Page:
By Shya Gibbons
It’s another day in America, and we are reeling from the latest mass murder (side note: hopefully someday this topic and concept are no longer pertinent because right now it feels evergreen.) In a press conference from President Donald Trump, he named violent video games as one of the factors in what leads to these murderous rampages. Personally, I spent the better part of my youth playing Doom, and the only way it affected me was the utter disappointment in the lack of secret rooms. Seriously. In that game every level was stuffed full of secret, hidden doors that led to treasure.
He named a few other factors that contribute to violence, like too much Internet usage and mental health disorders. In an attempt to combat it, President Trump announced universal healthcare so everyone can get the help they need. Just kidding. Wouldn’t that be cool, though? But I digress. Doom was the only VIDEO game I played, but my childhood was chalk full of other types of games. These games are probably why I’m desensitized to violent movies now. These games are why we are the way we are.
Let me clarify: my experiences and memories do not necessarily reflect everyone else’s views. We are all messed up in our own way and it’s up to you and a licensed therapist (or friends drunk at a bar on dollar margaritas) to get to the root of the problem.
I’m kicking it off with a big one: Red Rover, Red Rover. A group separates into two teams. Everyone on a team locks arms, and someone calls out, “red rover, red rover, let (name) come over.” The person on the opposing team who is called out must sprint across the space and try desperately to break through linked arms. This game is probably about to make its way back to our nation via border control. Until the wall is built, or even started, maybe we can try out this approach. It would cost less to man a team of people than it would to build a wall. However, rules are rules, and if someone makes it through the guard’s linked arms, they get to stay. What’s fair is fair!
Mother May I? With this one, one person plays “Mother,” a character who holds everyone’s fate in their hands. This game was a real treat unless the person playing Mother hated you; in that situation, forget about it because you’re never going to win. The concept is simple: ask permission on ways to move toward the goal line. Mother, may I take two steps? Mother, may I make one leap? Mother can, and does, say no for whatever reason they want. You can’t argue with Mother’s choices. Now our nation is stuck in a game of Mother May I. Mother, may I have a surgery to save my life? No, you may not. Mother, may I let me 93-year-old mother move from Cuba to here to save her life? No, you may not. Fun things like that.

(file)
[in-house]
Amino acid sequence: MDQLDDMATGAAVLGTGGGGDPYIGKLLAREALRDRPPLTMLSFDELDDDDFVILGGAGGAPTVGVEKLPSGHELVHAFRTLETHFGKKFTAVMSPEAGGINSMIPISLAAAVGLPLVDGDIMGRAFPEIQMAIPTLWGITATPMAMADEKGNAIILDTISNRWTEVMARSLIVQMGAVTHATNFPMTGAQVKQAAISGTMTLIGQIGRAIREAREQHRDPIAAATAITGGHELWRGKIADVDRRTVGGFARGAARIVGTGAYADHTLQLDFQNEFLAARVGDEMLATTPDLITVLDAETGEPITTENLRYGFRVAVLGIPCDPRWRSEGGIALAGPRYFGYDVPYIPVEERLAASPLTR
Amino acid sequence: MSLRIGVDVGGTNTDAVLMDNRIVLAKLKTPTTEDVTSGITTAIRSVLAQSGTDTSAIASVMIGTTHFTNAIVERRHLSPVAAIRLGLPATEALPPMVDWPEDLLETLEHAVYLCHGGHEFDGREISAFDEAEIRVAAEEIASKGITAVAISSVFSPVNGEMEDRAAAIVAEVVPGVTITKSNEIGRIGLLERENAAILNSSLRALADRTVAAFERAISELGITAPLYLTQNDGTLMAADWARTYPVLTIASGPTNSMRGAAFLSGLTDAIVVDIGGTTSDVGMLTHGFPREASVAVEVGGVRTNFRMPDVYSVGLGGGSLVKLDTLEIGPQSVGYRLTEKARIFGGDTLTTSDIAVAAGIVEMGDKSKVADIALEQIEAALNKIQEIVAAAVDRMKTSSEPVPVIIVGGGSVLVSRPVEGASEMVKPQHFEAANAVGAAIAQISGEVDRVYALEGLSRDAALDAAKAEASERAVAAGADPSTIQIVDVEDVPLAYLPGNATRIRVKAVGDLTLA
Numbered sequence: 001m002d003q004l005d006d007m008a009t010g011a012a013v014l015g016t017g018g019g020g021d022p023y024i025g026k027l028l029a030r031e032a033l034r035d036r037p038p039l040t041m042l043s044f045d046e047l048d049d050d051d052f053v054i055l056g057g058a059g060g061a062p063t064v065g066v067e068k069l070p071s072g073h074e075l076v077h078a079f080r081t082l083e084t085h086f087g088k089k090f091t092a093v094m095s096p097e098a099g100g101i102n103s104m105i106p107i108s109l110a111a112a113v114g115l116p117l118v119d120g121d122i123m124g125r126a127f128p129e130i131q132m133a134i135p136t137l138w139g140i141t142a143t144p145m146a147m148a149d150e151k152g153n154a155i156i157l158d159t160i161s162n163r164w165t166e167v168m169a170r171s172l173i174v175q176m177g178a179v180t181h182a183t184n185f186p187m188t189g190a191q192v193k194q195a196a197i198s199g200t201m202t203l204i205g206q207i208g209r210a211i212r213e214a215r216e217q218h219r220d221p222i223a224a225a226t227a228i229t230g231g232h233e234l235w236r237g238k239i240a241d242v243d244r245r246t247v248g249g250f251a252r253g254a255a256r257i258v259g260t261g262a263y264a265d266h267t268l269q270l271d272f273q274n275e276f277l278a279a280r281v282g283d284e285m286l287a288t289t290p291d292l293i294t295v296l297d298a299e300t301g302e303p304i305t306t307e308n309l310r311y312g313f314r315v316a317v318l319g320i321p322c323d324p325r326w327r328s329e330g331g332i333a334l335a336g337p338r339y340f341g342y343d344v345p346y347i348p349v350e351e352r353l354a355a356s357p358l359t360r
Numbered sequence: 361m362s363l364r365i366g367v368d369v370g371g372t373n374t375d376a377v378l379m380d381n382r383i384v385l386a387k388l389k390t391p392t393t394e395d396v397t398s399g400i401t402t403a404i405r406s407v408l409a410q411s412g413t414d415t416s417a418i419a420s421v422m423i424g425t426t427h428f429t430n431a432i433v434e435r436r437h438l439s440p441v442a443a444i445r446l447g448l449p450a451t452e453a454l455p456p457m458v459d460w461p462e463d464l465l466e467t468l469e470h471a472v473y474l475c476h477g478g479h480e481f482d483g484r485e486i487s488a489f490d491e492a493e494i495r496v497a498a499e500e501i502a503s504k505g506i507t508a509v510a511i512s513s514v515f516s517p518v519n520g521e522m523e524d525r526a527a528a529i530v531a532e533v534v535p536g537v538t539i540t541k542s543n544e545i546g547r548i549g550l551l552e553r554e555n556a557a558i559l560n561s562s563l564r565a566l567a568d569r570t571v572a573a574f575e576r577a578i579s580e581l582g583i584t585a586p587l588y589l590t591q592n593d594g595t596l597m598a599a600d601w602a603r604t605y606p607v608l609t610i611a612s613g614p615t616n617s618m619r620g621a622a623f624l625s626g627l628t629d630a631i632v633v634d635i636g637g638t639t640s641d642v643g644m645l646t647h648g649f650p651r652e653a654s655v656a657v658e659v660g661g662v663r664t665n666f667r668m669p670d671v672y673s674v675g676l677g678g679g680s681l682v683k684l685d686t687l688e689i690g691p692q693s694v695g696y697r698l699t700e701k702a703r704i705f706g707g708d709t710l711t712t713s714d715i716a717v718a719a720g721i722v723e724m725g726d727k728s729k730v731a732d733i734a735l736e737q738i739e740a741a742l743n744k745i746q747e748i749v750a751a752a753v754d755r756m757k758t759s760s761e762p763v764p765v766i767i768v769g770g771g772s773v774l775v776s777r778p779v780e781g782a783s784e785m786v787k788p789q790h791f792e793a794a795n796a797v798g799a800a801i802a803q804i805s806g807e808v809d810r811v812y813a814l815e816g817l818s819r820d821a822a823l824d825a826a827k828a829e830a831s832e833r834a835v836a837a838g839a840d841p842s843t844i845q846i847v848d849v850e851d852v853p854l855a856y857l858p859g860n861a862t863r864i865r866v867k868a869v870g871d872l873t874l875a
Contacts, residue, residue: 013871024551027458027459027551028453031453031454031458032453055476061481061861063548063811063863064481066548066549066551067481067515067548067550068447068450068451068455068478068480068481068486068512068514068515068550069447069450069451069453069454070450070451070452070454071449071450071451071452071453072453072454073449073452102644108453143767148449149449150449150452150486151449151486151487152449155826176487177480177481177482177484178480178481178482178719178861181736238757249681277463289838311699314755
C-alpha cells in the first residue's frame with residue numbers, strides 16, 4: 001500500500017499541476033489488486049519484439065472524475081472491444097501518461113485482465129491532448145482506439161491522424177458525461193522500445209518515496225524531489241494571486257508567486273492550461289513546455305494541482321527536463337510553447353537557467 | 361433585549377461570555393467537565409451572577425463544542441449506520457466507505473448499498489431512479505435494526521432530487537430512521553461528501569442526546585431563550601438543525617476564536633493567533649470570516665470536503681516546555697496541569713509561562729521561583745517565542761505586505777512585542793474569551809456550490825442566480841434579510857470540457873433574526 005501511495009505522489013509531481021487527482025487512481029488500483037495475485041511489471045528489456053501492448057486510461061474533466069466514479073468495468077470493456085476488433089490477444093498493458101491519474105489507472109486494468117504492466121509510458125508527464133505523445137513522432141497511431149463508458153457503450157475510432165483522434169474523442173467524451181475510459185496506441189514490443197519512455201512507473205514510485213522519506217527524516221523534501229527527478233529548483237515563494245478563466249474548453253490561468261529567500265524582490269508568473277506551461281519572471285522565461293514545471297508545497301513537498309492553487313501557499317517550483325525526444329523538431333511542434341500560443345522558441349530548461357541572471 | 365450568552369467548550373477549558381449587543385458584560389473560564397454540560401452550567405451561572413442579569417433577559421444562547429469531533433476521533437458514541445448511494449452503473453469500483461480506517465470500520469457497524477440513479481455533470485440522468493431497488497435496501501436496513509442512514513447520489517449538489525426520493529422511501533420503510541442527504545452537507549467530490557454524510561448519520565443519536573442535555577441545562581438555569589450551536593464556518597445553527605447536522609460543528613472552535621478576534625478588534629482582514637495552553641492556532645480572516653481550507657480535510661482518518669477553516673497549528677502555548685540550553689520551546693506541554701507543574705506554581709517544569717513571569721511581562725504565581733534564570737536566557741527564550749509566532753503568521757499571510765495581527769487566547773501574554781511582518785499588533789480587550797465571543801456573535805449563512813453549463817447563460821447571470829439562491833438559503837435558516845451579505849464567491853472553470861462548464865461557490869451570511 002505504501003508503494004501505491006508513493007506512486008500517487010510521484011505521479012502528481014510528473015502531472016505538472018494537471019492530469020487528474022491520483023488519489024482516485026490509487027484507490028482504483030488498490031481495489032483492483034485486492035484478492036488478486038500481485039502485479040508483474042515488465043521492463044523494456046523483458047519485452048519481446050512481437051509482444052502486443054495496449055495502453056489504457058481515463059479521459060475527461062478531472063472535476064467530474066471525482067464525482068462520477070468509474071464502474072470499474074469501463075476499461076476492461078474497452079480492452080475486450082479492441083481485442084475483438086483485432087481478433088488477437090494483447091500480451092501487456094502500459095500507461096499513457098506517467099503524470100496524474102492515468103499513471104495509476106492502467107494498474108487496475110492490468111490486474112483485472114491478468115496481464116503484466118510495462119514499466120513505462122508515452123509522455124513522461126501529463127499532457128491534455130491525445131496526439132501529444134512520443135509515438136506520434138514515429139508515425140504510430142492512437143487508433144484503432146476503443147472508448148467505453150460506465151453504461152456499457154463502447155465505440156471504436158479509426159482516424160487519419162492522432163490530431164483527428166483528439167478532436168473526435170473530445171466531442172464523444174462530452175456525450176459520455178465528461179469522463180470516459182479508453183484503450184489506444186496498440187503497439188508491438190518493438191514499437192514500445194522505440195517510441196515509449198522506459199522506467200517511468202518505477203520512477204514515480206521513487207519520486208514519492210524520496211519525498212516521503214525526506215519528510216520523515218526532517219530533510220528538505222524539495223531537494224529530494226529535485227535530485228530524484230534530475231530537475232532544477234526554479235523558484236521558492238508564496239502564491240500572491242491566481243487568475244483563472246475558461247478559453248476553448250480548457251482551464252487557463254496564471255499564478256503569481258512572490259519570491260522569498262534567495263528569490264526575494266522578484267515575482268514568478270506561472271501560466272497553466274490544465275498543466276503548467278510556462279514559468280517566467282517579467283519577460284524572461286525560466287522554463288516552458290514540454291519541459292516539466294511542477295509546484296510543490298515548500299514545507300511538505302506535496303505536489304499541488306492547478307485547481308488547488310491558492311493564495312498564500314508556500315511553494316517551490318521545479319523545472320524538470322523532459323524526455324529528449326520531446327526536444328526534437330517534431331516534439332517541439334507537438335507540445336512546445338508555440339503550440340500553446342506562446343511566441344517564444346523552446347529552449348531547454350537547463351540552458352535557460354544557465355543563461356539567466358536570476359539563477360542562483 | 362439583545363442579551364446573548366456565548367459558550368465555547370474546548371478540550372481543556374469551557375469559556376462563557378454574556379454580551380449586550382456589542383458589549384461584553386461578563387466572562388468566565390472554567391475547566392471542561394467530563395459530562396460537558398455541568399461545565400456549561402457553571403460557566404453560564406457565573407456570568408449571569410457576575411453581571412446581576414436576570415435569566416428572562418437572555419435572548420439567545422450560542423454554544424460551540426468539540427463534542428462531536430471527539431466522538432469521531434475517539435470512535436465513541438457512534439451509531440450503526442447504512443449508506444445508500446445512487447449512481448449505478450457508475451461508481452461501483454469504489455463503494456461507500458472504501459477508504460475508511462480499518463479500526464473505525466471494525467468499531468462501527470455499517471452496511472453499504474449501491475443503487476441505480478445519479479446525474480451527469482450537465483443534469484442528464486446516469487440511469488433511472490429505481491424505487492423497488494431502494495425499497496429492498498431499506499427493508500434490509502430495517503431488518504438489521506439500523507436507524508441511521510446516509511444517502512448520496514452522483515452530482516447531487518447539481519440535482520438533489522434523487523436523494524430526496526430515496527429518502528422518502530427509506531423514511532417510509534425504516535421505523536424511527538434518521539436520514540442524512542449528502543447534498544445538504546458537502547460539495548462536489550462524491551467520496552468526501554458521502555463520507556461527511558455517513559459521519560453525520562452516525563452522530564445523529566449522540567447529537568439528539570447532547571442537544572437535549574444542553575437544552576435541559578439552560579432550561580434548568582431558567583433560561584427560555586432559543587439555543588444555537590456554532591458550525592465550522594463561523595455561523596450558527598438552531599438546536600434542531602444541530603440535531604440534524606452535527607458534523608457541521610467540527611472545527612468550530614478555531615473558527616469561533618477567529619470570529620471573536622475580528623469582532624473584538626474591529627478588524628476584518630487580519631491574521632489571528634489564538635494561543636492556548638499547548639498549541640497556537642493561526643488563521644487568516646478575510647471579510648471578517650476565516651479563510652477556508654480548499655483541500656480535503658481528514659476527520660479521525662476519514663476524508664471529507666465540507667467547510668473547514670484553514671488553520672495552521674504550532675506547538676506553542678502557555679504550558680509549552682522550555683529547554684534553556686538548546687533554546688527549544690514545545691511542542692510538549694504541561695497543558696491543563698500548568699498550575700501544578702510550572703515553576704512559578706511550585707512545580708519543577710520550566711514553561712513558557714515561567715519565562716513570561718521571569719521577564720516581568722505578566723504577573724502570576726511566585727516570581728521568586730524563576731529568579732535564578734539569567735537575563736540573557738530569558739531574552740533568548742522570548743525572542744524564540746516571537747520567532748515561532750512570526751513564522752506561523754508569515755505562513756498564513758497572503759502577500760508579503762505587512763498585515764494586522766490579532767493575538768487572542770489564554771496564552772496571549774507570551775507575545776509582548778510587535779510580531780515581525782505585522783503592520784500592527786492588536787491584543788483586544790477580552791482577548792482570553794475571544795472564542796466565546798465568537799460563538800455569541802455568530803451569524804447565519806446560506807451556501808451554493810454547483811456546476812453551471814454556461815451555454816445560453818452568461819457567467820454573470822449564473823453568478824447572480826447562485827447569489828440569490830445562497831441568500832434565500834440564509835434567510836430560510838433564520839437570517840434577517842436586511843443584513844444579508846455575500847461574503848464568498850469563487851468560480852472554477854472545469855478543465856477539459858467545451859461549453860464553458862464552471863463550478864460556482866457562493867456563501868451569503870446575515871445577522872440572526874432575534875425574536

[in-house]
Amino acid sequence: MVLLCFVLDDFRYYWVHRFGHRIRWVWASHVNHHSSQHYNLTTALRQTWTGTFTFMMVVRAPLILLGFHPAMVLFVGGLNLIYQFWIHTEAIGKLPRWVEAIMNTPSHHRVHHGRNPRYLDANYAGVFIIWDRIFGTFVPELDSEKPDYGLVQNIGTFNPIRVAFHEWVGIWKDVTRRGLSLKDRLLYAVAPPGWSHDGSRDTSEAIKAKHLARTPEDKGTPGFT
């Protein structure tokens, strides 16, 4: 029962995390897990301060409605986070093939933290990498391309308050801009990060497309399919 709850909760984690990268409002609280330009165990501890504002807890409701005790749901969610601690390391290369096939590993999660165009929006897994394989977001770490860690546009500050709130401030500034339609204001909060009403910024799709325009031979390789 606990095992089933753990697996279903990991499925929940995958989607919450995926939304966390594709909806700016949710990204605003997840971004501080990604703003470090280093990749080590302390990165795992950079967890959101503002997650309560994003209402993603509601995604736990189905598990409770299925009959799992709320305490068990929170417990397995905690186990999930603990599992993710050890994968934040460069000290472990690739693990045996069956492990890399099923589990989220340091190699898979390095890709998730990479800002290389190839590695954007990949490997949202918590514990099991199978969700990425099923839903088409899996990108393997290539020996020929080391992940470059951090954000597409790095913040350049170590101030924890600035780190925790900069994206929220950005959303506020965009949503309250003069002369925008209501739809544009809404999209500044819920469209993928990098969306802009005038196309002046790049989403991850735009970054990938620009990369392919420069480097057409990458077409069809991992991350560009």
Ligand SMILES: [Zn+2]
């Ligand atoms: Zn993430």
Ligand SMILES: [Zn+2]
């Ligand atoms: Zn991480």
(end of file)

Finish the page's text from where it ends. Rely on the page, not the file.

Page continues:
Jump rope. Two people, or sometimes one and the other end is tied to a pole, take turns swinging a rope. The jumper has to dodge the rope. People get tangled up and fall. Some people make it through an entire whimsical jump rope song about Cinderella dressed in yellow who went upstairs to kiss her fella before they lose concentration and mess up. Now we all get to spend our day playing jump rope, except instead of a rope, it’s bureaucratic red tape, and instead of getting tangled up, you’re imprisoned.
Follow the Leader. As a child, this was my favorite game. Being chosen as the leader meant everyone had to blindly follow what I said. No more making fun of me and my quirks because now I hold all the cards. Also, you can’t say no and you have to participate or else (no one ever told us what the or else was, but we were all too afraid to find out for ourselves.) This tactic is followed every second of every day, except now people are finding out that the ‘or else’ is jail or a public verbal lashing from someone in power. Fun stuff!
It would be easy to name more games, such as playing tag with minority groups to find out who the next ‘it’ is this week for everyone to blame problems on, but I think you see where I’m going with this.
Everything we do and say will somehow come back to bite us in the ass in the end. If it’s not violent video games or “innocent” children’s games, then it will be something else. I don’t know. Maybe people weren’t hugged enough as kids. Maybe they were hugged too much. Either way, I’m excited to see how the next round of truth or dare turns out when our country dares those corrupted officials to tell the truth. Go on. We double-dog dare you.
About The Author
Shya Gibbons is a full-time CEO (also called a stay-at-home-mom) to a precocious, blue-eyed five-year-old, and runs the blog Vintage Dreams With A Modern Twist. She is happily married to a gorgeous man who doubles as her best friend, and who loves her even on her worst days. She was born, raised and still lives in a picturesque small town where she has stacked up hundreds of bylines at the local newspaper. When she is not writing for fun, she likes to cook big dinners and bake. Her work was recently featured in the anthologies I Just Want To Be Perfect and You Do You. You can find more of her work at VintageDreamsWithAModernTwist